Agencies Team Up to Protect Food Supply

FDA Consumer, March-April 2004 | Go to article overview

Agencies Team Up to Protect Food Supply


The Food and Drug Administration and U.S. Customs and Border Protection (CBP) have launched a new joint effort to protect the nation's food supply. Under a Memorandum of Understanding (MOU) signed in December 2003, thousands of Customs agents are now authorized to inspect foods imported into the United States.

Signed by FDA Commissioner Mark B. McClellan, M.D., Ph.D., and CBP Deputy Commissioner Douglas Browning, the agreement allows the FDA to commission CBP officers in ports and other locations to conduct, on the agency's behalf, investigations and examinations of imported foods. This unprecedented FDA-CBP collaboration significantly strengthens the implementation of the Bioterrorism Act to ensure the security of imported foods.

"This MOU is an important milestone in our extensive efforts to protect the safety and security of the national food supply," McClellan said at the signing ceremony on Dec. 3, 2003. "It enables us to work more efficiently with CBP, combining their strong resources with our own expertise in keeping on the alert for potentially hazardous foods and responding to possible threats. We are committed to using the bioterrorism law to safeguard our food supply to the fullest extent possible, without imposing any unnecessary costs or restrictions on food imports."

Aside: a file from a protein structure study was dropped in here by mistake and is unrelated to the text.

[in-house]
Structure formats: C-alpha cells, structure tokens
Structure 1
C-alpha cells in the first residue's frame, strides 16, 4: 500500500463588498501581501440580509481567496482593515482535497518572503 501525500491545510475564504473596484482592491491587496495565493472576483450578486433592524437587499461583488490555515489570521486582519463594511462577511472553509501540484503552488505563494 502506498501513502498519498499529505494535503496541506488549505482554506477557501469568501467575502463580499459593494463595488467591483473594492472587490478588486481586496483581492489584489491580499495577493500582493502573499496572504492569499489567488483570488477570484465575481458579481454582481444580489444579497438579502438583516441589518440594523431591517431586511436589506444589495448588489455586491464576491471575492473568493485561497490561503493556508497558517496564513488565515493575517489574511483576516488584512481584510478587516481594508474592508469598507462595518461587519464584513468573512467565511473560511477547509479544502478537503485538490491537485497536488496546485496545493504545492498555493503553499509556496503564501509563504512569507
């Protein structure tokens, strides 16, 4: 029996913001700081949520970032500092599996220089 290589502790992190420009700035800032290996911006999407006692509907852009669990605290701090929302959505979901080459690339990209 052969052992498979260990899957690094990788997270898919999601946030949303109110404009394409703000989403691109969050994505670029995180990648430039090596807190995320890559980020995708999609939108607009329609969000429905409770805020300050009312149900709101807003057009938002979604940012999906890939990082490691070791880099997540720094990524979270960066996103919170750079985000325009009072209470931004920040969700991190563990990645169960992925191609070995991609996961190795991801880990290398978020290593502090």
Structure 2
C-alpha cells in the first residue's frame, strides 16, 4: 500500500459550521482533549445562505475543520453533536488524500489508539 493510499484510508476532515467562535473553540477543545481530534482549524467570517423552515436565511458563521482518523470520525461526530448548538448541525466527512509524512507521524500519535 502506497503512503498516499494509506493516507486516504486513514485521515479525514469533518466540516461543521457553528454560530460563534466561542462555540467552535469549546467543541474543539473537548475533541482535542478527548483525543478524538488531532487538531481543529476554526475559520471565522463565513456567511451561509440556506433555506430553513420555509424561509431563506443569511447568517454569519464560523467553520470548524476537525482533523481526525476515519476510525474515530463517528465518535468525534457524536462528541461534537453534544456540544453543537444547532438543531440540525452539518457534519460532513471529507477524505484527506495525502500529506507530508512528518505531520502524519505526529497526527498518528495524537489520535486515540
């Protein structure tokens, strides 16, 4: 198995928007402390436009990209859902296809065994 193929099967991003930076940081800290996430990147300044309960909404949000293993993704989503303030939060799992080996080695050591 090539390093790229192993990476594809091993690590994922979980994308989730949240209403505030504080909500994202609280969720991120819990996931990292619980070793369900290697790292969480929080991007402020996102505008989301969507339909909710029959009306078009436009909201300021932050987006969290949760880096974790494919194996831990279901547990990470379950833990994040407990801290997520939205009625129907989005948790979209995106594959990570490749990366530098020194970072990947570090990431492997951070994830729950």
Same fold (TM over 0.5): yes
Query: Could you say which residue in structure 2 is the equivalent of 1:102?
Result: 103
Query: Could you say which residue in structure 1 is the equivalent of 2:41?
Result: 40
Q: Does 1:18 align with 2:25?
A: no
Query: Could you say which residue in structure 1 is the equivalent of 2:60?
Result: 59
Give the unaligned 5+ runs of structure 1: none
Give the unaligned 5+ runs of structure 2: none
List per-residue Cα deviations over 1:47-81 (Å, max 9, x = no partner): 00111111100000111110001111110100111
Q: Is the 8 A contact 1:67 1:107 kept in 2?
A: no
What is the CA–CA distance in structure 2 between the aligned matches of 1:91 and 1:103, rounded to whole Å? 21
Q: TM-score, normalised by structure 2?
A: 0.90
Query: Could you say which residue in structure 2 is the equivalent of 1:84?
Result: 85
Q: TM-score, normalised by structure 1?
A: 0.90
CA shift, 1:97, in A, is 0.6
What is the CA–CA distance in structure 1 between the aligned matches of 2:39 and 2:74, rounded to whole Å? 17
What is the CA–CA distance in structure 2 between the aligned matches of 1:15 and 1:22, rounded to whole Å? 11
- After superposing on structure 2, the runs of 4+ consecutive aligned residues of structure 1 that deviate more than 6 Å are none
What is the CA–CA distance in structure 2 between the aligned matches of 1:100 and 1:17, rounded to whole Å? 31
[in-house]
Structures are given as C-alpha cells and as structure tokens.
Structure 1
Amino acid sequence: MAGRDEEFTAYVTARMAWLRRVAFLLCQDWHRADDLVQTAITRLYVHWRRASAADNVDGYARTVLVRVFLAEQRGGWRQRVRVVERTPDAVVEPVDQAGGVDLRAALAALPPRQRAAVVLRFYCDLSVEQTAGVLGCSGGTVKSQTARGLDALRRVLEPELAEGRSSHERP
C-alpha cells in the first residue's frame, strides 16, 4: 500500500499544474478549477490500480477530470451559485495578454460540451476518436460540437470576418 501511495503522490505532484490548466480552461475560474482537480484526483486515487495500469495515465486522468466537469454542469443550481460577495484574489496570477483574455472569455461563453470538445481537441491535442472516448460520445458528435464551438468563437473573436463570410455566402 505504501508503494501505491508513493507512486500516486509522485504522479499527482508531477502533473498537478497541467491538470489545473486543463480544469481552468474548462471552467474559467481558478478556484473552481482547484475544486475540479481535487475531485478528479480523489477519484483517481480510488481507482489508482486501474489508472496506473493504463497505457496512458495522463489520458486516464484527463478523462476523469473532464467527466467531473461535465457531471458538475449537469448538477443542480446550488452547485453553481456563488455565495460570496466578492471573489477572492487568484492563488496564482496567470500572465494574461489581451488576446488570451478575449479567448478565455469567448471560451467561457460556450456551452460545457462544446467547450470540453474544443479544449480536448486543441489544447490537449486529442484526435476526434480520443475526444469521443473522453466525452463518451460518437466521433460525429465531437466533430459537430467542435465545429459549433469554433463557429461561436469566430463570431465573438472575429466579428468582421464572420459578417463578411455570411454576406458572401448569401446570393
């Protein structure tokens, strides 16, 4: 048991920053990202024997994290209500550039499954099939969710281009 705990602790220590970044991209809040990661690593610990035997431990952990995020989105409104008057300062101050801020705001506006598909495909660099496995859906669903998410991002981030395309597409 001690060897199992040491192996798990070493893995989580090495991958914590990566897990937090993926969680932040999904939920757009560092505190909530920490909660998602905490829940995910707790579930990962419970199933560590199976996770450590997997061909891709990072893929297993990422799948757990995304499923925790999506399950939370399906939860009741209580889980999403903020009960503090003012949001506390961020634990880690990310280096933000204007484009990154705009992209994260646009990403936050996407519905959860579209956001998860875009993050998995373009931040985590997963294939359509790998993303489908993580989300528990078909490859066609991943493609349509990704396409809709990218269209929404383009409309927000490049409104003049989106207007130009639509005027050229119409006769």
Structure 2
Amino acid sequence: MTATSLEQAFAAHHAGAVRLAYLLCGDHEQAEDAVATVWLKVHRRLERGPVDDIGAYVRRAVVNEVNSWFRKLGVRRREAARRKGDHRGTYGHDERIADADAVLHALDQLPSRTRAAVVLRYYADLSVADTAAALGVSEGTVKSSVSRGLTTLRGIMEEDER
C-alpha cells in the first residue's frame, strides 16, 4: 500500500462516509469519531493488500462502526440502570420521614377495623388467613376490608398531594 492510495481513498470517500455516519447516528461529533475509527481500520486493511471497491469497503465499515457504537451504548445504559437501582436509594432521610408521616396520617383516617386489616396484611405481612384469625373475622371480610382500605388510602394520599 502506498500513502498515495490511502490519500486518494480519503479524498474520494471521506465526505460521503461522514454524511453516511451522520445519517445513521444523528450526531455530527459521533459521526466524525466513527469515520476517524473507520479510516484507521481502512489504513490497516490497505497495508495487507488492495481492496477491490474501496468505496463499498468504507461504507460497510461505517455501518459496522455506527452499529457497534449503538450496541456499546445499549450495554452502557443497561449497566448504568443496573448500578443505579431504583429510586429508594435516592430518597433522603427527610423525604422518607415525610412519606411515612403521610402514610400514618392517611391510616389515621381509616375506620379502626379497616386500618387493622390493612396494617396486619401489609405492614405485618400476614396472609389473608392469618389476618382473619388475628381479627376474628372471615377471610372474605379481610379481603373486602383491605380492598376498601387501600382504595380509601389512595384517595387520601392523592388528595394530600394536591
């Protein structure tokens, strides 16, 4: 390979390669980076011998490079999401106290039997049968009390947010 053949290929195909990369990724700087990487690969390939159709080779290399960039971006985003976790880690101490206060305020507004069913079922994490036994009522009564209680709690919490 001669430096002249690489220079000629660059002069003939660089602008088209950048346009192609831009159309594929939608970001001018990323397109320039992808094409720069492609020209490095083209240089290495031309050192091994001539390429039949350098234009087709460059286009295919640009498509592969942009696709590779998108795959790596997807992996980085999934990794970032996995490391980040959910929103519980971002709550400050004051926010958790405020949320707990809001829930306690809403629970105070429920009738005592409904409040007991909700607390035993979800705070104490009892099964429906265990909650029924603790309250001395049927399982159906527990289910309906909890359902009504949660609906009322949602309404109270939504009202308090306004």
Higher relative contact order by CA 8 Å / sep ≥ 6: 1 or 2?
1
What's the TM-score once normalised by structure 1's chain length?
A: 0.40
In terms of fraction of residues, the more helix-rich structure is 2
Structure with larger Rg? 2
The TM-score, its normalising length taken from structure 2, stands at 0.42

"We are pleased to be an integral part of this new initiative to safeguard the country's food products," Browning added. "This agreement reflects dose cooperation and countless hours of discussion not only with FDA, but with our trade partners here and around the world. It also supports our twin goals of securing the border from terrorists and terrorist

weapons while ensuring the movement of legitimate trade."

Building on a long history of close FDA-CBP cooperation, the agreement includes steps to enhance the two agencies' teamwork in training, day-today operations, and information sharing. Under the agreement, the FDA can commission all the CBP officers the two agencies consider necessary to enforce new food safety and security regulations. The FDA and CBP will provide specialized training for the commissioned CBP employees who will carry out this work, and both agencies will expand their existing cooperative arrangements to directly share information affecting the safety and security of imported foods. …

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